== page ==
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Keychange Charity Rose Lawn Care Home Outstanding

All reports

Inspection report

Date of Inspection: 19 February 2013
Date of Publication: 4 April 2013
Inspection Report published 4 April 2013 PDF

People should get safe and appropriate care that meets their needs and supports their rights (outcome 4)

Meeting this standard

We checked that people who use this service

  • Experience effective, safe and appropriate care, treatment and support that meets their needs and protects their rights.

How this check was done

We looked at the personal care or treatment records of people who use the service, carried out a visit on 19 February 2013, observed how people were being cared for and checked how people were cared for at each stage of their treatment and care. We talked with people who use the service, talked with carers and / or family members and talked with staff.

Our judgement

People experienced care, treatment and support that met their needs and protected their rights.

Reasons for our judgement

People's needs were assessed and care and treatment was planned and delivered in line with their individual care plan. We spoke with six people living in the home, four relatives and we looked at four care plan files. People told us they were completely satisfied with all aspects of the care they received. Comments included "I can’t praise them anymore than I do, it’s lovely, A1. They look after me lovely”. One person told us that “the girls are wonderful, I don’t have to worry about anything, they get the GP and sort me out.”

The service had completely reviewed their care records system since our last inspection. All staff we spoke to told us that they had had training in the new system and that named staff had been allocated the responsibility for ensuring that named care plans were completed and up to date. The senior staff meeting minutes showed that this had been a priority and allocation of tasks now included time for completing care records and discussion about the quality of care records was included in staff meeting agendas. One senior staff member had taken on the role of support for staff using the new system and they said that “it was much better, I’m glad my input helped”. We also saw that shift patterns had been changed to enable a more effective verbal handover so that staff could be sure that they knew what to do to meet people’s needs.

We spoke with staff who told us they thought the care plans provided them with the information they needed to support people. When we spoke with staff they knew how to meet these people’s needs. We saw that each care plan we looked at was completed, easy to understand and very detailed. Topics included; memory, communication, emotional needs, personal care and health monitoring such as weight, nutrition and skin care. For example, one plan detailed needs identified in the pre-assessment that had been transferred to the care plan. This showed how that need would be met, topics like memory loss, pain and foot care. There was clear information about health care needs such as diabetes. One plan showed how staff could be sure that it was safe to give the prescribed insulin dependent on the person’s blood result. All care plans were reviewed monthly by staff in a meaningful and person centred way, for example X is less frustrated due to…” This meant that changes in need were identified and acted upon.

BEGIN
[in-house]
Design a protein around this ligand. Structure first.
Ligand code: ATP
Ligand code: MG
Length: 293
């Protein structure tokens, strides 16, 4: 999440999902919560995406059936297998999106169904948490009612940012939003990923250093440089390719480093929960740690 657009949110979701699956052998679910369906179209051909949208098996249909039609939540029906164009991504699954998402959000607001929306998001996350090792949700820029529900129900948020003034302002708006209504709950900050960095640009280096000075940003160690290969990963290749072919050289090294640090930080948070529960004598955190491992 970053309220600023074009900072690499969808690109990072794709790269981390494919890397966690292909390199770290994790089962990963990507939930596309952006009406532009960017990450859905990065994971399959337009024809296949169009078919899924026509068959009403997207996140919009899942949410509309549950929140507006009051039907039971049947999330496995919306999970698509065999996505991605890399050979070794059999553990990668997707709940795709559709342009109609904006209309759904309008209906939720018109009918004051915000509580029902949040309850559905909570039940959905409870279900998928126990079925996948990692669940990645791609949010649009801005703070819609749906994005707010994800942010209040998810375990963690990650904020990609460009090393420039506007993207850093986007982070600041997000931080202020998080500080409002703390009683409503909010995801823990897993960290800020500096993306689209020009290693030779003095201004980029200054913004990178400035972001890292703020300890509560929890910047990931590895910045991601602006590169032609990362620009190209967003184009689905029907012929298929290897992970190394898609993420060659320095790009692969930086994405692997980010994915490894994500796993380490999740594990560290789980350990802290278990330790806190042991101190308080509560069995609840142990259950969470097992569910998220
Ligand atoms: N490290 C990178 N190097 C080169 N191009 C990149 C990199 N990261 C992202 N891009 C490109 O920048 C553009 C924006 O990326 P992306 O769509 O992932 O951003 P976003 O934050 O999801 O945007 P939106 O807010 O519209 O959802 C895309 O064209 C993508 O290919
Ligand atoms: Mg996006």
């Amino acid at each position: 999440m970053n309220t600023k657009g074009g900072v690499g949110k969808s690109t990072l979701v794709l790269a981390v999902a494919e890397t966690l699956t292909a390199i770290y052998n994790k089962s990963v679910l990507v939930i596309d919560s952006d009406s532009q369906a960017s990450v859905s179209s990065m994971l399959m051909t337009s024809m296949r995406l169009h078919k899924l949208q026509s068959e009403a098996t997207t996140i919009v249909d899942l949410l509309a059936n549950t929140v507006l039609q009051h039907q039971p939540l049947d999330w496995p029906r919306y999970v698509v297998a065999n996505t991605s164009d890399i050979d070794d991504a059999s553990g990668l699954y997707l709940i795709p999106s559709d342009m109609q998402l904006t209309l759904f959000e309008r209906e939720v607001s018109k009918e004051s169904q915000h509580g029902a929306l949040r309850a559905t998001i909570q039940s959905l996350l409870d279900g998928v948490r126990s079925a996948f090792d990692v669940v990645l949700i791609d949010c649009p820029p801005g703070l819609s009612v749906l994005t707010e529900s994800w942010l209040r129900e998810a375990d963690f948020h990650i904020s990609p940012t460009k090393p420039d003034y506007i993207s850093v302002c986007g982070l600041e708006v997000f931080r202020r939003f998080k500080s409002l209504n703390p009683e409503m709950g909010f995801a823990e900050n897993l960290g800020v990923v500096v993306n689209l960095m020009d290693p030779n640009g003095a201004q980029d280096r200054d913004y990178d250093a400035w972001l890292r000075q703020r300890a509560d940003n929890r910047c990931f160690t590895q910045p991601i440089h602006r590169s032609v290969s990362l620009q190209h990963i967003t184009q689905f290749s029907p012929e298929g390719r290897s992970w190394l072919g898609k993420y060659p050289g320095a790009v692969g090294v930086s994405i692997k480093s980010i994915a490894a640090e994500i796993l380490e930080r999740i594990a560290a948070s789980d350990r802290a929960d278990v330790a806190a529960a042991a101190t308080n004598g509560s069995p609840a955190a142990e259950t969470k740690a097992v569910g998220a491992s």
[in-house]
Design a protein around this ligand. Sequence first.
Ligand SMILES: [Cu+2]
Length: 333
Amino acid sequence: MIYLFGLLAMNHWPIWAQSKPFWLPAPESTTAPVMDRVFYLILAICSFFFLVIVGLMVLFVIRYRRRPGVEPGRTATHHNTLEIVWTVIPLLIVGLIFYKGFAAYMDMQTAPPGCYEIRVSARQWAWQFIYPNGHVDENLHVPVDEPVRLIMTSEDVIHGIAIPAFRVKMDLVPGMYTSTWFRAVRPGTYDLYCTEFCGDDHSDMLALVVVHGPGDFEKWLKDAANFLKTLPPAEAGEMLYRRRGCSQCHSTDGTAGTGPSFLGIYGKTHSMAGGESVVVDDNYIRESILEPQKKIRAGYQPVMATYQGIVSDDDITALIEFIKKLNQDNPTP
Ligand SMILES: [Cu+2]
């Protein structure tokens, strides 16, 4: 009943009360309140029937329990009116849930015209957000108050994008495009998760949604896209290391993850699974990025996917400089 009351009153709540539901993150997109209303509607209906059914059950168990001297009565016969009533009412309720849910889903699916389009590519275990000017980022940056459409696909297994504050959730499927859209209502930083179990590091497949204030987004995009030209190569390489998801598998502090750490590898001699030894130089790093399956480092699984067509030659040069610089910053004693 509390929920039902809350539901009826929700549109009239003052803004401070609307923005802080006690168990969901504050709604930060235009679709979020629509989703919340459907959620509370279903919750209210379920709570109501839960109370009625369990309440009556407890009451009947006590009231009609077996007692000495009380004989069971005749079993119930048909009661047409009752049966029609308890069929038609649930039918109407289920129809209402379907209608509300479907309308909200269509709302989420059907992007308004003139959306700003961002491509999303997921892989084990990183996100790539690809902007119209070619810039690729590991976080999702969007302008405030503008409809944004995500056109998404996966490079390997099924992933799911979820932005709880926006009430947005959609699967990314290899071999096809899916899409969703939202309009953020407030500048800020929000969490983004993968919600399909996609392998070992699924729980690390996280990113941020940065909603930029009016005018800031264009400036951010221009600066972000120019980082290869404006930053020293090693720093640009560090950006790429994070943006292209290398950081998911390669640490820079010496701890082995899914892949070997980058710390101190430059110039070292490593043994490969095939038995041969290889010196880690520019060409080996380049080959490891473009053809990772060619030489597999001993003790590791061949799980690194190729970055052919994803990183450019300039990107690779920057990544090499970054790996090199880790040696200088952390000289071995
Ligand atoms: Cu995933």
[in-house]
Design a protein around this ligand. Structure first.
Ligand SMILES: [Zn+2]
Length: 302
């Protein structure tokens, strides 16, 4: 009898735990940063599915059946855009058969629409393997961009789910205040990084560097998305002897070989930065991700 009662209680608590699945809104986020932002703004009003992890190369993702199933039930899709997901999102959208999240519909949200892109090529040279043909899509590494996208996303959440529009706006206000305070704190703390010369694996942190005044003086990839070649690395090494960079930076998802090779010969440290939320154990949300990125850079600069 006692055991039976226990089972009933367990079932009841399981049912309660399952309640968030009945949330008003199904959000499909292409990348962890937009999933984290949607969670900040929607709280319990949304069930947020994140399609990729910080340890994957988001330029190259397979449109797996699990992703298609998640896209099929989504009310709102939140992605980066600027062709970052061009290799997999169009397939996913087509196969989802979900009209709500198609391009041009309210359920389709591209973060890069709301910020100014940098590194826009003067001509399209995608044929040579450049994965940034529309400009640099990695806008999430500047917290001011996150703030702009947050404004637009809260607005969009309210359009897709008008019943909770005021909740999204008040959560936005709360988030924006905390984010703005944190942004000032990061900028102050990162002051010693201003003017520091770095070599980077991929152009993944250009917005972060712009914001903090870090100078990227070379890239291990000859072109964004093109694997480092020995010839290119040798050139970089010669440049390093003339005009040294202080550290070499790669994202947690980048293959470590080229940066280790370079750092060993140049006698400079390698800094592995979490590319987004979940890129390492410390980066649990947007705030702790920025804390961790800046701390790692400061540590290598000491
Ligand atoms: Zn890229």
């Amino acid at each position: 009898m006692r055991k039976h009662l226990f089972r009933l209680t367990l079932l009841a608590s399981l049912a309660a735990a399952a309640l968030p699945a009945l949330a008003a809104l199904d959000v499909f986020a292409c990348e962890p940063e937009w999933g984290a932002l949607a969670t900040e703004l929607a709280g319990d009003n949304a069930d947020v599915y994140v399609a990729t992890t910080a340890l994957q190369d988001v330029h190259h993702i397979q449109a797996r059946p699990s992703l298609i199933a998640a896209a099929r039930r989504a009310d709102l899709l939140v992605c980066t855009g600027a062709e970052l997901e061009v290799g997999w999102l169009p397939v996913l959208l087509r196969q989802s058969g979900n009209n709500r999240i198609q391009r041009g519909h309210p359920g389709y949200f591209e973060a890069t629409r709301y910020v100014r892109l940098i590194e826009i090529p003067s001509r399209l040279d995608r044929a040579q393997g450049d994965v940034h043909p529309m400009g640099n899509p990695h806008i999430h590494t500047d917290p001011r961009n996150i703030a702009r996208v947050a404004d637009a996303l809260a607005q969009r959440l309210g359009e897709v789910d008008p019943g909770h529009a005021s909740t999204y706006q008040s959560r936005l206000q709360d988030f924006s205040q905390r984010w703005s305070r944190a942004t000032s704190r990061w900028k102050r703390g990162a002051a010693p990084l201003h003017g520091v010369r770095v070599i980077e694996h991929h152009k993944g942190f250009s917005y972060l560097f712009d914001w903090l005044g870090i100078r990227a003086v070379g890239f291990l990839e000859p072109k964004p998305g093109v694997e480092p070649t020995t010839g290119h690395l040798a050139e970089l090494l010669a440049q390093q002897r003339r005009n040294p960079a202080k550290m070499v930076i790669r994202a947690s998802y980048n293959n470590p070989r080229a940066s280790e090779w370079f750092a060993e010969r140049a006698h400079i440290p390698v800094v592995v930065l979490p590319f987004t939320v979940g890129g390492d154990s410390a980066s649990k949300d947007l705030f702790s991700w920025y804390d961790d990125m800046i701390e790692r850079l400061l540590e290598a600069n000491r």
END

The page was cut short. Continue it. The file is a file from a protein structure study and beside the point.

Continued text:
For people who had needs that could be challenging for staff and others we saw clear behaviour plans which recognised and monitored any triggers so that staff could minimise this behaviour. Actions recorded were in line with information obtained from the person’s life history and was used to diffuse the persons aggressive behaviour. This ensured that people’s safety and wellbeing was maintained.

One care plan was very detailed about how to minimise behaviour that could be challenging to staff and another care plan had a detailed night plan but the quality of information was not always consistent. The registered manager said that they had started to review all the care plans to ensure that they had clear details as to what staff needed to do. Staff said there were good information sharing systems in the home. They said that detailed handovers between each shift ensured they were always given up to date information about any changes in people's care needs.

Care and treatment was planned and delivered in a way that was intended to ensure people's safety and welfare. For example, risk assessments had been carried out on areas of potential risk to people. These risk assessments included prevention of pressure sores, prevention of falls, and the risk of choking. These were audited and changed as necessary. For example, one care plan read “X is able to move more independently now that the furniture has been re-arranged”.

The home had sought specialist advice where necessary. For example the speech and language team had been consulted for one person for advice to prevent choking, and